In News: The ‘double mutant’ virus that scientists had flagged last month as having a bearing on the spread of the pandemic in India, has a formal scientific classification: B.1.617.
Indian ‘double mutant’ strain named B.1.617
- The variant is common in India — how much in every state though is unclear — and has a couple of defining mutations, E484Q and L425R, that enable them to become more infectious as well as evade antibodies.
- Though these mutations have individually been found in several other coronavirus variants, the presence of both these mutations together have been first found in some coronavirus genomes from India.
- Certain variants of the coronavirus, for instance, B.1.1.7 and B.1.351 — have been termed the ‘United Kingdom’ and ‘South Africa’ variant respectively because they have mutations associated with large spikes in these countries or reduce the efficacy of vaccines and are termed ‘Variants of Concern (VOC)’.
Not yet of concern
- Sample of genomes from coronavirus patients in India, B.1.617 was first detected in India on December 7, 2020
- Though now present in at least eight countries, nearly 70% of the genome sequences that have the mutations characterising B.1.617 and submitted to the global database GISAID (Global Initiative on Sharing Avian Influenza Data) are from India. This is followed by the United Kingdom (23%), Singapore (2%) and Australia (1%)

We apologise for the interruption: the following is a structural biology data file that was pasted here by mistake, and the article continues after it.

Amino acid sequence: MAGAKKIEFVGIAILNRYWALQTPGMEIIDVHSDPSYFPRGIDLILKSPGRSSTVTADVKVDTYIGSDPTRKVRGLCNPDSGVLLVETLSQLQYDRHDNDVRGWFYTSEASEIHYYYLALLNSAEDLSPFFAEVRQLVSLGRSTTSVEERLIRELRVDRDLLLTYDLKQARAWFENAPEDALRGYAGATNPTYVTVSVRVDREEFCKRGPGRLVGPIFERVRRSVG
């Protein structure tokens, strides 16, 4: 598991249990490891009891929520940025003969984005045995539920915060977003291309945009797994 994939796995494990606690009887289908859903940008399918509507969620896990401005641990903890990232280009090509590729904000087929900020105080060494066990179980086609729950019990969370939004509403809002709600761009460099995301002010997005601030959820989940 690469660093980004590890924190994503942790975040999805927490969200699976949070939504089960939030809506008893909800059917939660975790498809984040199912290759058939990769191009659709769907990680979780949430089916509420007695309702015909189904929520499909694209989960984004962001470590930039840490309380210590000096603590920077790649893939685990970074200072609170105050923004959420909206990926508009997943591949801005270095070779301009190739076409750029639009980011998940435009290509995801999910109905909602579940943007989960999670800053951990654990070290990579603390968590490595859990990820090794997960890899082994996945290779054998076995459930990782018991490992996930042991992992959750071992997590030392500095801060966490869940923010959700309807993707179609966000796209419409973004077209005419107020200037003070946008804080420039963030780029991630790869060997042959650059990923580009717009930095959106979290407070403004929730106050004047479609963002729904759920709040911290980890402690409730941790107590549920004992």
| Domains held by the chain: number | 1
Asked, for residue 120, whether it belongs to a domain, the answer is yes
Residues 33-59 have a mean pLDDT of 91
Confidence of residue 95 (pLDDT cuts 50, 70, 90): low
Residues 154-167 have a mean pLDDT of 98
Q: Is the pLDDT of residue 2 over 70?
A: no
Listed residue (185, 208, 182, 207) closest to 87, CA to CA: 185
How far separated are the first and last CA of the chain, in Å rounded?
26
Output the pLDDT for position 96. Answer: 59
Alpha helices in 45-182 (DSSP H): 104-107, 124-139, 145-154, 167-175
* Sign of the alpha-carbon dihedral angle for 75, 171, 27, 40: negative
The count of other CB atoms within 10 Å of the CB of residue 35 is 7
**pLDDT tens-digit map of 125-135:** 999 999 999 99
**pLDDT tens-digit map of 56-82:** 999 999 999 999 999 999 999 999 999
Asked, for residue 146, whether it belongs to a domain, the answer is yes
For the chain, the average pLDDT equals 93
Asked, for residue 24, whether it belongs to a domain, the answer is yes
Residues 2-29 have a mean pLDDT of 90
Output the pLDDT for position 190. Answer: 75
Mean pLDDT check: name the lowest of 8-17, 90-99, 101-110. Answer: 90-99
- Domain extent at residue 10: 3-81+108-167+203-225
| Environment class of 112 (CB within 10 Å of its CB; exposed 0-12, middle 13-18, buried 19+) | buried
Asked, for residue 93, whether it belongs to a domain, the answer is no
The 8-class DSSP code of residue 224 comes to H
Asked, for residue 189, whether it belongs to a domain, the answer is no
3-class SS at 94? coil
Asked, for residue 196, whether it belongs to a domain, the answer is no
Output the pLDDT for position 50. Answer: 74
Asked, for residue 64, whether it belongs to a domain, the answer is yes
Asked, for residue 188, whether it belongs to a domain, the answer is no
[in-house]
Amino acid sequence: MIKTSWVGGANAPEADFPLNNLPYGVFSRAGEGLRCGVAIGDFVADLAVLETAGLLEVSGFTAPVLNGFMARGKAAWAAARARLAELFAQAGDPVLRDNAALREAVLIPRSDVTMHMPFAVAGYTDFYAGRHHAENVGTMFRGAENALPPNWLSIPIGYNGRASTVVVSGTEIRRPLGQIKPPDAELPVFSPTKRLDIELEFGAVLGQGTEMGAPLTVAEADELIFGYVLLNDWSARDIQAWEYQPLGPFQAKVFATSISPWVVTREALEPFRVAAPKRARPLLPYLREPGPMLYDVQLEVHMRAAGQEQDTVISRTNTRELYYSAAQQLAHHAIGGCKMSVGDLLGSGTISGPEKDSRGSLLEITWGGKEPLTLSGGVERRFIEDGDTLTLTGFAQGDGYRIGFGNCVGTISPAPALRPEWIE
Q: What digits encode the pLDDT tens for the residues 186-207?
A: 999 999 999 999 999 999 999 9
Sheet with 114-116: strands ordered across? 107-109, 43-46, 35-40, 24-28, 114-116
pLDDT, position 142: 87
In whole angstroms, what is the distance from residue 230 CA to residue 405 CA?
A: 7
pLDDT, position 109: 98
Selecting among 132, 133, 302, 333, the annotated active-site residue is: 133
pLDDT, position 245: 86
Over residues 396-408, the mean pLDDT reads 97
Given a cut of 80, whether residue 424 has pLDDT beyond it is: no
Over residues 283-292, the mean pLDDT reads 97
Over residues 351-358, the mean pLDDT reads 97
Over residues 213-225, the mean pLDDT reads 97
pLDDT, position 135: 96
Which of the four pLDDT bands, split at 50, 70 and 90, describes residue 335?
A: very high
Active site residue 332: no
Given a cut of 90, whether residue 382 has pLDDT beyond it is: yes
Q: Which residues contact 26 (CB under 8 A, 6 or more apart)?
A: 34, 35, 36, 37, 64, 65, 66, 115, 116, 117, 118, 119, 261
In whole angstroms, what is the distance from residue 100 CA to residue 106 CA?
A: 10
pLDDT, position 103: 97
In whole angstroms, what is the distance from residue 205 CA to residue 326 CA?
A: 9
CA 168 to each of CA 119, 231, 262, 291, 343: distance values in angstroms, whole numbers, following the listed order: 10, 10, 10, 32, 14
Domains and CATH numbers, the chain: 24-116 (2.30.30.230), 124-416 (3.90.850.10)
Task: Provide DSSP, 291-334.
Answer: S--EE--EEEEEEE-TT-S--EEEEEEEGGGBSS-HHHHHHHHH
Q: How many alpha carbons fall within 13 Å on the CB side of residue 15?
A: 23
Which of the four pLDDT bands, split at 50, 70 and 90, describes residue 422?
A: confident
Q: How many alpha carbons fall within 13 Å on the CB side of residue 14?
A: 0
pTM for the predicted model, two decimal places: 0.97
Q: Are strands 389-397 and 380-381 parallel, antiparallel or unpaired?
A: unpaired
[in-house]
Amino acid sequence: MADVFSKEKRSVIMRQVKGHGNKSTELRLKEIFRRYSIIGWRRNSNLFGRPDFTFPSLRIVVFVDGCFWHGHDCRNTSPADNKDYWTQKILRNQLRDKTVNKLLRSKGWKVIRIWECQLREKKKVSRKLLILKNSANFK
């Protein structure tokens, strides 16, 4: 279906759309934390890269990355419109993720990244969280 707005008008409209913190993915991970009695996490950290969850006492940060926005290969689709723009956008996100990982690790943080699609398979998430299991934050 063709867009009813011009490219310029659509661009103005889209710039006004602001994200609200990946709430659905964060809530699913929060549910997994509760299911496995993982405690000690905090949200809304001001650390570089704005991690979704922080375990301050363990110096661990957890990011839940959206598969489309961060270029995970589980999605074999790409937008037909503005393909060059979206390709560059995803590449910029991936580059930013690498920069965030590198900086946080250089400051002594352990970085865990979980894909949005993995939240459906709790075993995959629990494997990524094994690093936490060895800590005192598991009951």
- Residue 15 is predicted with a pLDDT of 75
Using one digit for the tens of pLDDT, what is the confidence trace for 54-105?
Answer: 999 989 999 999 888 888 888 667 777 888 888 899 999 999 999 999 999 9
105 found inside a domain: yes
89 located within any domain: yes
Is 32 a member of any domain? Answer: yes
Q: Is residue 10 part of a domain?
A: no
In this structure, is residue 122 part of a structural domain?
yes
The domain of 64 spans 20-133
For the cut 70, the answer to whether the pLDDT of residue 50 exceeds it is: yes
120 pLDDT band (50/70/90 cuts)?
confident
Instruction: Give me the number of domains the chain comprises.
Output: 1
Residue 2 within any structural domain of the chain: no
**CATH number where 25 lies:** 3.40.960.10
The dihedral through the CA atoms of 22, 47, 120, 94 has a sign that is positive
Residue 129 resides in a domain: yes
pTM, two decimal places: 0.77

- It is worrying because the mutations E484Q and L452R are linked to increased infectivity.
- It’s been linked to 20% of the cases in Maharashtra but we have to also see the role of the variant (from further genome studies) in say West Bengal, Uttar Pradesh where there are massive crowds from elections, the Kumbh Mela
Resistant to T cells
- L452R, some studies show, could even make the coronavirus resistant to T cells, that is the class of cells necessary to target and destroy virus-infected cells.
- They are different from antibodies that are useful in blocking coronavirus particles and preventing it from proliferating.
Global Initiative on Sharing Avian Influenza Data
- It is a public platform started by the WHO in 2008 for countries to share genome sequences.
- Created as an alternative to the public domain sharing model, GISAID’s sharing mechanism took into account the concerns of Member States by providing a publicly accessible database designed by scientist for scientist, to improve the sharing of influenza data.
- In 2010 the Federal Republic of Germany became the official host of the GISAID platform.
- In 2013 the European Commission recognized GISAID as a research organization and partner in the PREDEMICS consortium, a project on the Preparedness, Prediction and the Prevention of Emerging Zoonotic Viruses with Pandemic Potential using multidisciplinary approaches.
- GISAID’s database access agreement ensures that contributors of genetic sequence data do not forfeit their intellectual property rights to the data.